The Saudi sheep deal. The deal that saw $11.5 million of our taxpayer money paid to the Saudis had "significant shortcomings” according to the Auditor-General.
Lyn Provost said the benefits of the deal to this country were unclear.
You may remember, Foreign Minister Murray McCully told cabinet that we were at risk of being sued for up to $30 million if we didn't make good with a businessman - Hamood al Khalaf - who'd lost a lot of money when New Zealand banned live sheep exports.
There was, says the Auditor-General, “no assessment...of that legal risk.”
And she questions why you would resolve a diplomatic issue between governments, by entering into a private contract with a businessman – and dishing out public funds.
That, to me, is what is so baffling. It's a diplomatic issue, why are we paying a private individual millions of dollars to supposedly fix it?
McCully said the situation required a ‘creative solution’.
But central to this all is the lack of clarity and the lack of transparency.
We sent millions of dollars worth of equipment and livestock to al Khalaf’s farm. The way McCully framed it to the public was that this was for a demonstration farm in the Middle East. It would showcase New Zealand agribusiness.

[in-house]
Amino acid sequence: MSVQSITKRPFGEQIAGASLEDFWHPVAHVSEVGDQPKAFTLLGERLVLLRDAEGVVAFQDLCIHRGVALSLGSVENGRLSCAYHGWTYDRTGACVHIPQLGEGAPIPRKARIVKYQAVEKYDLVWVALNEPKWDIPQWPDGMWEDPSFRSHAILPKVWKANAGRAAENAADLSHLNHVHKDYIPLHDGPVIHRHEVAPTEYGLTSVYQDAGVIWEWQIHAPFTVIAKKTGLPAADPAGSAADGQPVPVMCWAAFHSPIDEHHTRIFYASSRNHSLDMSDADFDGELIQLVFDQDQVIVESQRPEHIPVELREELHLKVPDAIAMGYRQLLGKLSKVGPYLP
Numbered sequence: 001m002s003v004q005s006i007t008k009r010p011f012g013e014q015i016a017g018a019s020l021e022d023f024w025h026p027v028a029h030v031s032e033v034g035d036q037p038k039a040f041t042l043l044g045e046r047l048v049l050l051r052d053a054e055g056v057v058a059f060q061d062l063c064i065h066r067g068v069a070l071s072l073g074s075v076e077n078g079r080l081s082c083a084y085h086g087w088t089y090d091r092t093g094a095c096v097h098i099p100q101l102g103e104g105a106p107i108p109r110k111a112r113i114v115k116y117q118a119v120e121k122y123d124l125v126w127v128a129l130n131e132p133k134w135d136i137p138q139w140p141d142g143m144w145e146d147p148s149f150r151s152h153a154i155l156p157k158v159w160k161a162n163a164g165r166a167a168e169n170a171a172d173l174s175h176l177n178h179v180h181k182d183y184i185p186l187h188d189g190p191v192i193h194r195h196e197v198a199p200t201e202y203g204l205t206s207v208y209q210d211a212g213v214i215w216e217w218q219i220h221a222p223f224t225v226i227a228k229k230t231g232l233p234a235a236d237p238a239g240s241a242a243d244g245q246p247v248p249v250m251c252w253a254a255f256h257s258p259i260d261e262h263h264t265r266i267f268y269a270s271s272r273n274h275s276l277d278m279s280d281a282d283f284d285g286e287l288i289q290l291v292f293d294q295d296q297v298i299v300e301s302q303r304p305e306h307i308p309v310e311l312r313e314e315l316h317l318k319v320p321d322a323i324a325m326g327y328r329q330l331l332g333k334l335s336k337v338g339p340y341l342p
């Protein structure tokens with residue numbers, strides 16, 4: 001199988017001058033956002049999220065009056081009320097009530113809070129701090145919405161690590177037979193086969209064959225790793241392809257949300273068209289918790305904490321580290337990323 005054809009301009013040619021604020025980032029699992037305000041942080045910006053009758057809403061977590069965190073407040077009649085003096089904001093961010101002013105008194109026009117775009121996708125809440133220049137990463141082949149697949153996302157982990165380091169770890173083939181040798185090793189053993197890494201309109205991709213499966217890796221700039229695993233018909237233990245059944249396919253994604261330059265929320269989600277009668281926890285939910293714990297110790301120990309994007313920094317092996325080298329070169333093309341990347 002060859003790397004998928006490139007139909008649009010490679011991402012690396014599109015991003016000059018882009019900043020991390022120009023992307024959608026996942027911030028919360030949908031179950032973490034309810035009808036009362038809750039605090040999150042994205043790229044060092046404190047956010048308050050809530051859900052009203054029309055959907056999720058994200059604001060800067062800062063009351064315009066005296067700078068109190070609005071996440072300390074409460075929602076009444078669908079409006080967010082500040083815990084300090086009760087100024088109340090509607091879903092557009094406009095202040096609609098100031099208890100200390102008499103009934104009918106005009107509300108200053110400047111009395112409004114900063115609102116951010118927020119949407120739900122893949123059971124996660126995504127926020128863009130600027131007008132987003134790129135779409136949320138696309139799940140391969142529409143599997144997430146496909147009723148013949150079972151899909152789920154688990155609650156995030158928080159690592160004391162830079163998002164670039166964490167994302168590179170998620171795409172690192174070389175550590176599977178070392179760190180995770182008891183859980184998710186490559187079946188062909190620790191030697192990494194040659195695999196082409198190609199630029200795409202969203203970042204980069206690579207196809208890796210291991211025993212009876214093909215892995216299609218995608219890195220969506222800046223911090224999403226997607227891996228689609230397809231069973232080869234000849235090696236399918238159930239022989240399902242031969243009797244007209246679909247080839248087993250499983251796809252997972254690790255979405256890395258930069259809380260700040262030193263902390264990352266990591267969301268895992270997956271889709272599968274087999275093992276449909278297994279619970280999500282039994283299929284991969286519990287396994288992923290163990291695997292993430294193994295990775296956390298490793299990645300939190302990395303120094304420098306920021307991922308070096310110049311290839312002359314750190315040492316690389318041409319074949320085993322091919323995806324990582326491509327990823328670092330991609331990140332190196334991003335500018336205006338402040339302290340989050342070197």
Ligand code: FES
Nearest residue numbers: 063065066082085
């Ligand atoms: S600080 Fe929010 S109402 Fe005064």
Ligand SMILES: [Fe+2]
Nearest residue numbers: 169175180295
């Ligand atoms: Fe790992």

And so we flew 900 in-lamb ewes to Saudi Arabia, and 75% of their lambs died. So that’s a good look, isn’t it? That puts New Zealand agribusiness on the map.
Why did we do it? Well the Saudis were cheesed off after losing millions when we canned live sheep exports, and they were baulking at signing a free trade deal between us and half a dozen of the gulf states.
So I don’t know why the government didn't just front up and tell us what the issue was. If they'd told us that New Zealand needed to make good with the Saudis, then many of us would have been uncomfortable and critical of that, but at least it would have been transparent. Economists and trade experts would have said well, we'll spend $12 million in the short-term but in return we'll enter into a trade deal worth millions and millions of dollars.
Instead, it was done behind closed doors and we were told it was a demonstration farm for New Zealand agri-business.
This is not how New Zealand governments do business.
There may be a free trade deal that comes out of this, but at what cost to our international reputation? To anyone else, this is exactly what it says on the tin. It was a bribe.
And while the Auditor-General stopped short of calling it that, if you read this report you can see that she believes this was a very, very shonky deal.